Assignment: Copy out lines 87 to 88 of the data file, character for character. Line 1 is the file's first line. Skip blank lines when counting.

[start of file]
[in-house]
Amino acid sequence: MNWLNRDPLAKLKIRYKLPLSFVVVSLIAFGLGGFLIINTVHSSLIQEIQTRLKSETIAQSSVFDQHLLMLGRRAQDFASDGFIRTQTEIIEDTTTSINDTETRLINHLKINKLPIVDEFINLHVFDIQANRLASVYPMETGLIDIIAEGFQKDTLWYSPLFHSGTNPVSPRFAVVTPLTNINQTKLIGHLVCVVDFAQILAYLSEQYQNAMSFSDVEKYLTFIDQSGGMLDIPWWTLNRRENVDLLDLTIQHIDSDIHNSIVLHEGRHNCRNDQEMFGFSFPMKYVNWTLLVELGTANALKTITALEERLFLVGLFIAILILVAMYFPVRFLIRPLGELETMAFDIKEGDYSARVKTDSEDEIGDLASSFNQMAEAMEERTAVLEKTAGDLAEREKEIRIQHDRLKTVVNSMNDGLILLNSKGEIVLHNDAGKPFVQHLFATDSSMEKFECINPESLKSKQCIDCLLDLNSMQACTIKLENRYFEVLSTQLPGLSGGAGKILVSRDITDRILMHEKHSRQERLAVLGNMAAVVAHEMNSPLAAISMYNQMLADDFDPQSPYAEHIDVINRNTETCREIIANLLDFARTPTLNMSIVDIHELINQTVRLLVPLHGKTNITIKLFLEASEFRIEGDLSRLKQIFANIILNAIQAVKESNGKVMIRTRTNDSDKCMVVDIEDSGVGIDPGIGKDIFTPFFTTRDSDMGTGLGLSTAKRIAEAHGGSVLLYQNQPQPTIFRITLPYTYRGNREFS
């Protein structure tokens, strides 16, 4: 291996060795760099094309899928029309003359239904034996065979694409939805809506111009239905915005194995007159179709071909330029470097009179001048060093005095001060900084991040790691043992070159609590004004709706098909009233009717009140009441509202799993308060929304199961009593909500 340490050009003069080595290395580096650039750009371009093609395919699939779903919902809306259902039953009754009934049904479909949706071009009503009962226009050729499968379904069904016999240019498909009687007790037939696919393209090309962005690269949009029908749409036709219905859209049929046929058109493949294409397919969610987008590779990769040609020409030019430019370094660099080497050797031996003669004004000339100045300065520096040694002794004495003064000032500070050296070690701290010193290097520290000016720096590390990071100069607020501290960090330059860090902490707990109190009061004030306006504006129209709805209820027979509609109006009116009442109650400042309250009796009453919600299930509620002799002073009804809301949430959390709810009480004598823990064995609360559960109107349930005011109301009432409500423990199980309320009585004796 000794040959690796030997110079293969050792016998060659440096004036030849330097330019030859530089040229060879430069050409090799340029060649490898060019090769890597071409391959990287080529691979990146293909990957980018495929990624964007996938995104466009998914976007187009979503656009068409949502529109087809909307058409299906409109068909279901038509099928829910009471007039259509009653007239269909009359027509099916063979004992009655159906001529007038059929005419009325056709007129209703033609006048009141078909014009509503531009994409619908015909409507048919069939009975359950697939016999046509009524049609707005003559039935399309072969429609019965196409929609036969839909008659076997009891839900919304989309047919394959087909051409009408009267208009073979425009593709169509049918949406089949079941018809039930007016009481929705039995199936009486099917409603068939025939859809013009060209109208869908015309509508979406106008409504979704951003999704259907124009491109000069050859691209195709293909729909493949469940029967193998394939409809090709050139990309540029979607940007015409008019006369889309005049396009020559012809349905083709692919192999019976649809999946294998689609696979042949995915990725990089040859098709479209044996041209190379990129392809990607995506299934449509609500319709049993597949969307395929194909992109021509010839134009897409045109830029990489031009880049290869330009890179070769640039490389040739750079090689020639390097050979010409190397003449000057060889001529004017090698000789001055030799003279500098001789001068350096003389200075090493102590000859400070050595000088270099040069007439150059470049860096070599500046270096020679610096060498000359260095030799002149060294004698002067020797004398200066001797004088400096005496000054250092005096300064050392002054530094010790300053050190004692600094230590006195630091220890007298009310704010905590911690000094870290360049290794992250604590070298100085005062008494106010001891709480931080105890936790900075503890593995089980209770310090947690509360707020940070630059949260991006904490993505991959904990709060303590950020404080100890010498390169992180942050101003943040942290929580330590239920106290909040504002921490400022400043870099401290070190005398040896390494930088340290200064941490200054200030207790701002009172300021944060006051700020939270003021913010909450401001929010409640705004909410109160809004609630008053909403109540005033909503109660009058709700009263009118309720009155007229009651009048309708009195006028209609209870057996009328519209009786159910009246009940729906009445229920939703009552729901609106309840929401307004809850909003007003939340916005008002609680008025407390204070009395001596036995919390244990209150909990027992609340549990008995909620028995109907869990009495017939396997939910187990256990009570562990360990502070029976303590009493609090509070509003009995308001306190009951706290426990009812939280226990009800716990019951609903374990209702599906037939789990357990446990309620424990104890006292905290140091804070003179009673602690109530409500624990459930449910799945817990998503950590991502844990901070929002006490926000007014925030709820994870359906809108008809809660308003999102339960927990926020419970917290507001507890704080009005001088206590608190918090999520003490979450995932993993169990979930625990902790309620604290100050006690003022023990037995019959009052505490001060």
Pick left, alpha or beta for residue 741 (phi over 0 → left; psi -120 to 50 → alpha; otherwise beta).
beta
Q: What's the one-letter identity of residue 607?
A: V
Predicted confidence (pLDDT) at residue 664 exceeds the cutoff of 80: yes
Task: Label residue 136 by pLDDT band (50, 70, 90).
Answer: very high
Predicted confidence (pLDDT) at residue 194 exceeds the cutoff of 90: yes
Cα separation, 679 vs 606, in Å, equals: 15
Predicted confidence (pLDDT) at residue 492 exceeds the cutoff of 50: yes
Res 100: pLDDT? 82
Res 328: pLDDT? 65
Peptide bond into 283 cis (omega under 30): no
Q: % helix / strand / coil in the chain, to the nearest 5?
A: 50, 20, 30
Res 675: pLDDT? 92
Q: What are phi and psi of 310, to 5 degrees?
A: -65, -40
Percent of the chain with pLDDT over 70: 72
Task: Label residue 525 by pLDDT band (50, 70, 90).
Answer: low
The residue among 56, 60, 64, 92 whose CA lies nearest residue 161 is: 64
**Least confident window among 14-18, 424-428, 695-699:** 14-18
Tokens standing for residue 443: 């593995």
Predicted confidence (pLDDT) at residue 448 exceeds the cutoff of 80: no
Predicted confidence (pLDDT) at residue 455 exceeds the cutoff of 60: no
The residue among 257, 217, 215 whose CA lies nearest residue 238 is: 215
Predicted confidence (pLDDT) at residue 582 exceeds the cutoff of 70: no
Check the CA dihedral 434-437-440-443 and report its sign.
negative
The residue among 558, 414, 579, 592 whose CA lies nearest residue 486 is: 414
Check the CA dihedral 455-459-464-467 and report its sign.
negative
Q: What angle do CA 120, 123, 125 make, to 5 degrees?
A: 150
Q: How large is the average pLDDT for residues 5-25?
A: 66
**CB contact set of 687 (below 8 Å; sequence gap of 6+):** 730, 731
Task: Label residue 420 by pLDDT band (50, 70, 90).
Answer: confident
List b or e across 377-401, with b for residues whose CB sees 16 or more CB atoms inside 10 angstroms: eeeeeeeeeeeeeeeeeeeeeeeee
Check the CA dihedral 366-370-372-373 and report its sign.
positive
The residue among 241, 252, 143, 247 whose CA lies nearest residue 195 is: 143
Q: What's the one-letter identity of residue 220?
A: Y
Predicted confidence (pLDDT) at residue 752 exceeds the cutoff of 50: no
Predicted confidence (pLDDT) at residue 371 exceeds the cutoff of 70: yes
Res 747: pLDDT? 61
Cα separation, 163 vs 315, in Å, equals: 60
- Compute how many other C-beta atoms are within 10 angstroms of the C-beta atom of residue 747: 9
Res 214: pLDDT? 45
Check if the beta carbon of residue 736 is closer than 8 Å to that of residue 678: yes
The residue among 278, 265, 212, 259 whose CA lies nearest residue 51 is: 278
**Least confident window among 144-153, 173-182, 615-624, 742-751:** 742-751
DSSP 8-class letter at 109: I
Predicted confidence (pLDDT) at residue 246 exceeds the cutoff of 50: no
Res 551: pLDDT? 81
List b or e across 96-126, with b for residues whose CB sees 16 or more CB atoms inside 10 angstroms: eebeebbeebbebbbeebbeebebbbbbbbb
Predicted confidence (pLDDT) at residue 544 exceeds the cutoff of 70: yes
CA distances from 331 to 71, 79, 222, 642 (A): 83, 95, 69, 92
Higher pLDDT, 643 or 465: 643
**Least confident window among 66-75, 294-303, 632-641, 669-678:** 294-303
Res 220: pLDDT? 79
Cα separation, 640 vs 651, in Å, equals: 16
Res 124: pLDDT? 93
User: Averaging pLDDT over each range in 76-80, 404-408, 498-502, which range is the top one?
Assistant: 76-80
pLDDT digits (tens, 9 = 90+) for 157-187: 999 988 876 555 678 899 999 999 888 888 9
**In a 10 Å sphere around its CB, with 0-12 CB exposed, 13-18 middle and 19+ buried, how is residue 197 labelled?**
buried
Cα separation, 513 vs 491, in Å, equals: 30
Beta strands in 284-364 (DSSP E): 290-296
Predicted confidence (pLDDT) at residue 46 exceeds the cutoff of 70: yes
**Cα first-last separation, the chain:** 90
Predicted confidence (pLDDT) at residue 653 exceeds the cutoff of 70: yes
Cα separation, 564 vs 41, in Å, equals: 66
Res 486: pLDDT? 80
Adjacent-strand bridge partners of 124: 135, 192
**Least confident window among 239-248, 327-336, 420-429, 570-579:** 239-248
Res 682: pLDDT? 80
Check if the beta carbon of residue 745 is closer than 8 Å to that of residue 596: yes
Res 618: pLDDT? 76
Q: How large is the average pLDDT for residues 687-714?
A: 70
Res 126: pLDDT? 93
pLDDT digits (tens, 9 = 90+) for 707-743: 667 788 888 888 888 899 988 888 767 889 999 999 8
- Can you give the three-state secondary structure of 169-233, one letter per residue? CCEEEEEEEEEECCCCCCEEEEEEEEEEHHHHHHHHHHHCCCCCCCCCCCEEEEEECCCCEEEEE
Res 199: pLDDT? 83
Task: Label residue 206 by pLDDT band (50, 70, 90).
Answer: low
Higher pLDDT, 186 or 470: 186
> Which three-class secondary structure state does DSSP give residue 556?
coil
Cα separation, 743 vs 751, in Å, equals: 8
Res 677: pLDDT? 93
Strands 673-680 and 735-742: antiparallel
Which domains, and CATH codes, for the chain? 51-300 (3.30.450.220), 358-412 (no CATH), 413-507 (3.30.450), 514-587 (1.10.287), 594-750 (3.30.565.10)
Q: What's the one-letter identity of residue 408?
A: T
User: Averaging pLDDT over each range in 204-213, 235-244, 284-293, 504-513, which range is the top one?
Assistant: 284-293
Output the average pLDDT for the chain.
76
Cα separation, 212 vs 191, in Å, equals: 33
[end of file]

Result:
Q: How large is the average pLDDT for residues 687-714?
A: 70